An introduction to the many elements involved in Western theatre production, with a special focus on stage management and emphases on two of the primary areas of design, construction and implementation: lighting and sound. The class will explore concepts, techniques, equipment and materials necessary for a successful theatrical production, emphasizing problem solving through research, experimentation, and collaboration. Students will be challenged to engage and understand the interrelationships between the various elements involved in mounting a stage production, and how these elements relate to and affect the other aspects of dramatic art. Previous experience with theatre is not necessary. Corequisite: FILA-150 or FILA-350EW FILA general education: fine arts & music Alternate years: offered 2018-2019

THEA-370X Special Topics in Theatre

Credits: 3 Term Offered: Fall and Spring

A study of specific topics related to theatre including Movement for the Performer, Playwriting, Set Design, Lighting Design, and Costume Design. May be taken more than once provided different topics are covered. Corequisite: FILA-150 or FILA-350EW FILA general education: fine arts and music & experiential learning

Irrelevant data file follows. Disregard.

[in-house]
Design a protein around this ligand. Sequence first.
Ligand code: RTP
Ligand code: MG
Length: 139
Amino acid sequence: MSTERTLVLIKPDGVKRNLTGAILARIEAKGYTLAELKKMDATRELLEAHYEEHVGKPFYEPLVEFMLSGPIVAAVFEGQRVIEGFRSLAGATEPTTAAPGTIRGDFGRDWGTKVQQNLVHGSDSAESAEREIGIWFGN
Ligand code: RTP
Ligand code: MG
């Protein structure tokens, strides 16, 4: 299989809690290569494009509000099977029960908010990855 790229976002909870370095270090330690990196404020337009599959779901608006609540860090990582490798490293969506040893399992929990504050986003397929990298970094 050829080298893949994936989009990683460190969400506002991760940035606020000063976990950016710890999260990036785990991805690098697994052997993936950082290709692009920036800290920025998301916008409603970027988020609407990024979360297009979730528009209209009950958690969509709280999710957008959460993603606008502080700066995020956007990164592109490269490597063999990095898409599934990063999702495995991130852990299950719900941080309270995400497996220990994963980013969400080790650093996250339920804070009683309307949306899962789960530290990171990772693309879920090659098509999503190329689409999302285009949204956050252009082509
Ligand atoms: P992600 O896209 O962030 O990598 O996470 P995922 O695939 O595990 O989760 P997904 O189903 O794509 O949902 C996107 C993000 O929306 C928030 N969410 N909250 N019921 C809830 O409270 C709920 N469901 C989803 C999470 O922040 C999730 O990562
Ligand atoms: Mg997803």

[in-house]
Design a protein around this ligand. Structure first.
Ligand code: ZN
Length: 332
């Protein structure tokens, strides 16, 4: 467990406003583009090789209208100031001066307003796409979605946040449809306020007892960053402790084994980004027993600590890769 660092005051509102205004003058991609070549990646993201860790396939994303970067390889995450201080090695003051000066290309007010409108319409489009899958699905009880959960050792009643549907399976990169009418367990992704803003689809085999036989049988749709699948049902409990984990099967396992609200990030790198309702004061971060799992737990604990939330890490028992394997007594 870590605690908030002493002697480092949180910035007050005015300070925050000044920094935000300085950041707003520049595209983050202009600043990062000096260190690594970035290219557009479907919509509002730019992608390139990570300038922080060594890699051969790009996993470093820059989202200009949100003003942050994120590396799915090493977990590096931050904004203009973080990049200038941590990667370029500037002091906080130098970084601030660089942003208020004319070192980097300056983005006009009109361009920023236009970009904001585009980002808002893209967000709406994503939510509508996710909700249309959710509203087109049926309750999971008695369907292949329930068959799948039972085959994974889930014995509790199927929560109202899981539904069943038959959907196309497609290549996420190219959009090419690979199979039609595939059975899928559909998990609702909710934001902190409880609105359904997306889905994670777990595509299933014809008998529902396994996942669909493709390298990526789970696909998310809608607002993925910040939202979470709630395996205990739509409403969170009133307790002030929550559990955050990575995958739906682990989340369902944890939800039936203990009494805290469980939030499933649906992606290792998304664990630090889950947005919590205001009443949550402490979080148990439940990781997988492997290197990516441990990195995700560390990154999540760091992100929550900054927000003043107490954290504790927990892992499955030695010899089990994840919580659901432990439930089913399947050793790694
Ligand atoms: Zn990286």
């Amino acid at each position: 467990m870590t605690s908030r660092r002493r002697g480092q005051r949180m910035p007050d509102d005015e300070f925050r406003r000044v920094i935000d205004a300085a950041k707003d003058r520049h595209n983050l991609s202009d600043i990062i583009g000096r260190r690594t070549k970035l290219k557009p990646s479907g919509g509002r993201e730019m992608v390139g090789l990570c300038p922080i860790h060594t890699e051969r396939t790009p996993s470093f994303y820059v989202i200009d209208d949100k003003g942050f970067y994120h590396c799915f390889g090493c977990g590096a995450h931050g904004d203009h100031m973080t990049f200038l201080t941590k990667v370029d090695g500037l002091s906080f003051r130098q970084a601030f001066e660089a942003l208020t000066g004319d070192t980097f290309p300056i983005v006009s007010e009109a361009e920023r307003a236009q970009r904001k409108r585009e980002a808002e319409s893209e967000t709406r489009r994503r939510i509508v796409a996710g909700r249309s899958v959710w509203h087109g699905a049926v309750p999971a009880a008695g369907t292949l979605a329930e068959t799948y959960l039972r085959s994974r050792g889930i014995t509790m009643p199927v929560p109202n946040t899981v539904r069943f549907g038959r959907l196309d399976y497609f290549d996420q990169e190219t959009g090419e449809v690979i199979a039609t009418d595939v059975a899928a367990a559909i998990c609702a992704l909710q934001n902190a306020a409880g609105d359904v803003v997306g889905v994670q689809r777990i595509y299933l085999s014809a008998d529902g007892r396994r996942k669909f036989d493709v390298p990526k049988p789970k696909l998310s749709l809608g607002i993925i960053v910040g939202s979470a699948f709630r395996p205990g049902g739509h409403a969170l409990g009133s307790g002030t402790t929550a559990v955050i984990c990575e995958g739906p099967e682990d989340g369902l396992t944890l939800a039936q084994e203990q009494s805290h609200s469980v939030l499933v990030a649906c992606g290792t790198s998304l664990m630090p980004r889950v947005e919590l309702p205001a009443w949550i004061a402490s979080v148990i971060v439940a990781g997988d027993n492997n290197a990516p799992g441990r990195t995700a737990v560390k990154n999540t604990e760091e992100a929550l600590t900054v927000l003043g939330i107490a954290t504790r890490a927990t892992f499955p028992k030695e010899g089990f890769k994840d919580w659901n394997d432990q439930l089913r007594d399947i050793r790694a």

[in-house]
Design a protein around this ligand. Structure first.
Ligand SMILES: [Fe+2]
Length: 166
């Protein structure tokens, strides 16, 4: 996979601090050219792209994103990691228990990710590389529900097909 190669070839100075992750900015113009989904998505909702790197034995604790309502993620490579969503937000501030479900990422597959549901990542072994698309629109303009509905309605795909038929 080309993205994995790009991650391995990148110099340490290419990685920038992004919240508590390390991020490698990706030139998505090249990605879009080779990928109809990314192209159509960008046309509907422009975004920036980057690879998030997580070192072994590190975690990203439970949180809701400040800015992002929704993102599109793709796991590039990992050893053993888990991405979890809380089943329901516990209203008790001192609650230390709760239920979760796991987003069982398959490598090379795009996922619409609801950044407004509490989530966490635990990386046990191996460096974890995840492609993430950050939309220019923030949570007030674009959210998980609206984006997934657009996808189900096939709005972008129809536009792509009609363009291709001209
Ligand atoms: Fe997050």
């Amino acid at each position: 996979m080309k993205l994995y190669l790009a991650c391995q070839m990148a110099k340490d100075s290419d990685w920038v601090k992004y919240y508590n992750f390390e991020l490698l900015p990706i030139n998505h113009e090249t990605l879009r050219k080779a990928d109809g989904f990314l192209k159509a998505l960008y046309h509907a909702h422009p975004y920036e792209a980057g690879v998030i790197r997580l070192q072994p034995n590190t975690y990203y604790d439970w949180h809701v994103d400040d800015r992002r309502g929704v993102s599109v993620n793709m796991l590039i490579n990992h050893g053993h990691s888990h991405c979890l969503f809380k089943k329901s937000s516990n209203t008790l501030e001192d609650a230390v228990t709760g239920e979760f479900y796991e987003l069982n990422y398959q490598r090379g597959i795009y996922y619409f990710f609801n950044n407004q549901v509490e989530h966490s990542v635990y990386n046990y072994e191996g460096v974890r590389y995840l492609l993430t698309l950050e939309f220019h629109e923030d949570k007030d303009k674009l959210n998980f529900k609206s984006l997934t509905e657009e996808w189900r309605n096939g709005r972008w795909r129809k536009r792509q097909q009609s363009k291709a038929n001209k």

THEA-225 Scenic Painting

Credits: 3 Term Offered: May Term

Practical study of the various theories, techniques and materials used in scenic painting. Focusing on theory and practice, encompasses a systematic approach to painting theatrical scenery. Emphasis on traditional scene painting techniques, including material selection (brushes and paints) and their practical application through design reproductions and faux finishes, as well as the tools and paints that have been developed to support those techniques. Students learn how the theories and techniques of scenic painting have changed historically, and how these unique changes have impacted the materials and techniques utilized by the scenic painter. Engages with the unique qualities of different types of paint noting how they perform on different types of materials, and how that knowledge can be used to create effective results. Projects include painting stage drops, creating stained glass windows with paint, faux marble and wood grain finishes, photos and designer renderings. Corequisite: FILA-150 or FILA-350EW FILA general education: fine arts and music